According to Peter Vecsey, formerly of the New York Post, Nash is contemplating whether or not to call it a career:
Ramona Shelburne of ESPN Los Angeles, however, says that Nash is working diligently with his trainer and is "absolutely trying" to come back:
Mark Medina of the Los Angeles Daily News spoke to a source who also debunked the notion that Nash would retire.
Nerve damage in his back has limited the point guard to just six games this season. The pain became so severe that he sat out the second half of a loss to the Minnesota Timberwolves. That was the last time he played.
I hesitate to even talk about it now because it's probably not a good time, I'm feeling a little emotional, but it's hard. I really want to play and I really want to play the way I'm accustomed to playing, and to be so limited is frustrating. And also to not know where a clean-ish bill of health is is a little daunting too.
I'm trying to play through it, but at the same time be smart and overcome what I can. But it's taken a bit of a turn for the worse, and I'm just going to see the [doctor] tomorrow and see what he advises.
Before joining the Los Angeles Lakers, Nash was the standard for durability. He had missed more than 10 games just three times in 16 seasons and had never been absent for more than 26. But in his only season with the Lakers, he missed a career-high 32 contests.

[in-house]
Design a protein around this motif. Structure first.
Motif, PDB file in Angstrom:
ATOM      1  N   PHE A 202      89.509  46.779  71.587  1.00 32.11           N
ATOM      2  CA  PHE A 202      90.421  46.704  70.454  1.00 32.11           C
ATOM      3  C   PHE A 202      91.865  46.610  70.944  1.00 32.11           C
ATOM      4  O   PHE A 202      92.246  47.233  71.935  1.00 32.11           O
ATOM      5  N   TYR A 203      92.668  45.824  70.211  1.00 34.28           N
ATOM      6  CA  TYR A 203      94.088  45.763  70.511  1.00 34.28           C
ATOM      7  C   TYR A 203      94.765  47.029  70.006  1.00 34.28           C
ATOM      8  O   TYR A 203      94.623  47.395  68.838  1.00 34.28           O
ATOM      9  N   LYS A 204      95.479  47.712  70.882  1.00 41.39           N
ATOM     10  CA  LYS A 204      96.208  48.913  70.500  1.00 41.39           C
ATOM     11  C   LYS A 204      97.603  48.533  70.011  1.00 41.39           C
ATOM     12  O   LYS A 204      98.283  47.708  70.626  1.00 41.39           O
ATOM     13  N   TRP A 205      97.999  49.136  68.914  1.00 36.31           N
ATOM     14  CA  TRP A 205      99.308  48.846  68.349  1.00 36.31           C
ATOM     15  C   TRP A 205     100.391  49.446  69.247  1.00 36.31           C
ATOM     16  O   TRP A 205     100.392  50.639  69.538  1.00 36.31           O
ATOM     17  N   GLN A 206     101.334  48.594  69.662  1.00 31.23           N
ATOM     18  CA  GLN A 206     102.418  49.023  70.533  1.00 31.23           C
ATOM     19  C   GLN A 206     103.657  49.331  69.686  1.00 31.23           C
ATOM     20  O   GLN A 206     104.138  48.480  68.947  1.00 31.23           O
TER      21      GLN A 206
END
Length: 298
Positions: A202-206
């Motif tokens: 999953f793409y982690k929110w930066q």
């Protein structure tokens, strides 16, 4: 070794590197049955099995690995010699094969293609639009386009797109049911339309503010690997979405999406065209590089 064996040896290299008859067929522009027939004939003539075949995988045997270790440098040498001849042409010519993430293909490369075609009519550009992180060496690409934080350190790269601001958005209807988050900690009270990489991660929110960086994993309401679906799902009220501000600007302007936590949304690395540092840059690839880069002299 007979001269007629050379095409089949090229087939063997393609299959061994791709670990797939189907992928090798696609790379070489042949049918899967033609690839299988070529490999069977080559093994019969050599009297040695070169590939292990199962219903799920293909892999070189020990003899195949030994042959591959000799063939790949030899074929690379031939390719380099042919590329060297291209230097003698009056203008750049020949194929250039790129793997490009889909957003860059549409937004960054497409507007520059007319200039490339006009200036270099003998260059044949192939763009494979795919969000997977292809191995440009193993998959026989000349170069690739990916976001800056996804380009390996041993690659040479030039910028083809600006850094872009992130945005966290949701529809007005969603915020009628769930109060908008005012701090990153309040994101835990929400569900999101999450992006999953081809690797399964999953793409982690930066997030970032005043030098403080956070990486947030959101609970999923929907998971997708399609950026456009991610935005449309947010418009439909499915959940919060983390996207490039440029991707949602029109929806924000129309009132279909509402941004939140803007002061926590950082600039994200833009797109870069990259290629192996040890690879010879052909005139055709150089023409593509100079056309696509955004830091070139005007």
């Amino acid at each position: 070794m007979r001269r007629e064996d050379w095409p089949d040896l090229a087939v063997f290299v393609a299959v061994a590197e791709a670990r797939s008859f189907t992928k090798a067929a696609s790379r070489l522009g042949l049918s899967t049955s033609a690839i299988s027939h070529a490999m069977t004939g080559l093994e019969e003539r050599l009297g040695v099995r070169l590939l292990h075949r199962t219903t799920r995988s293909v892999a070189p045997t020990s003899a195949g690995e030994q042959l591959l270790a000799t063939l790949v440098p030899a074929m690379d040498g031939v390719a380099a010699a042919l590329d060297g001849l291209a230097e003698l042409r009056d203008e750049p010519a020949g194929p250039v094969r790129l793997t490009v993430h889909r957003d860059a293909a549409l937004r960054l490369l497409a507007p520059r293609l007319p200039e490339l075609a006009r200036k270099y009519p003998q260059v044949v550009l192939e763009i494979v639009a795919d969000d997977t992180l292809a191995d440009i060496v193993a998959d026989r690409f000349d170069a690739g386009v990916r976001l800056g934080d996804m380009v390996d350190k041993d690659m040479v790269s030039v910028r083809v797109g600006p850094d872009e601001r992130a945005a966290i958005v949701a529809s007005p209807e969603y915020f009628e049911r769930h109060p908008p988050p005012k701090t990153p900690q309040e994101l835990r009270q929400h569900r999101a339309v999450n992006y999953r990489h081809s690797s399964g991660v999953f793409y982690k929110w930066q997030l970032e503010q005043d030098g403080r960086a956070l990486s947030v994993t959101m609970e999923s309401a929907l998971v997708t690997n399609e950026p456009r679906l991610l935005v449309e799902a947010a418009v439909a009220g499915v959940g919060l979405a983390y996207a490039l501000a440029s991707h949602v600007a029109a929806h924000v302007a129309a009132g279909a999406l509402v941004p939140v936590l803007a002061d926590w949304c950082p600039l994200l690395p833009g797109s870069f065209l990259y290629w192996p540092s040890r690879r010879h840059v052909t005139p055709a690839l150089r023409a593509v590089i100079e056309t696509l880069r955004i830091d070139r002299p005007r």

Still searching for his first championship, you have to imagine the two-time MVP must be in unbearable pain for him to consider walking away. Pushing 40, retirement must have been in the back of his mind—just not like this.
Previously, he indicated that he planned to finish out his current contract, and that retirement wasn't an imminent option.
"No," he told CBS Sports' Ken Berger. "I'm not there yet. No."
Lakers head coach Mike D'Antoni has also been operating under the assumption that Nash isn't going anywhere. He wouldn't even entertain the idea of Nash hanging his kicks up early.
"There's always going to be a debate but we're not going to debate it, talk about it," he said, via the Times' Mike Bresnahan.
Magic Mike, Nash and the Lakers may not have a choice. The ageless point guard once tasked with leading the Lakers toward a 17th title is already a shadow of his former self. Next , he could find this current , mangled version of himself removed from the game entirely
If injuries force Nash to retire, he would still receive the roughly $19 million owed to him through next season. Difference is, the Lakers would receive cap relief heading into 2014-15. Without his $9.7 million salary counting against their already barren ledger, they would have even more money to spend on free agents this coming summer.
But this isn't only about money. It's about Nash. About his career potentially hanging in the balance.
"I've known him forever," said D'Antoni, who coached Nash with the Phoenix Suns, via Rohlin. "When he looks like that, I know he's trying to battle through something."
For almost two decades, Nash has successfully fought back. This time, he may be unable to keep fighting.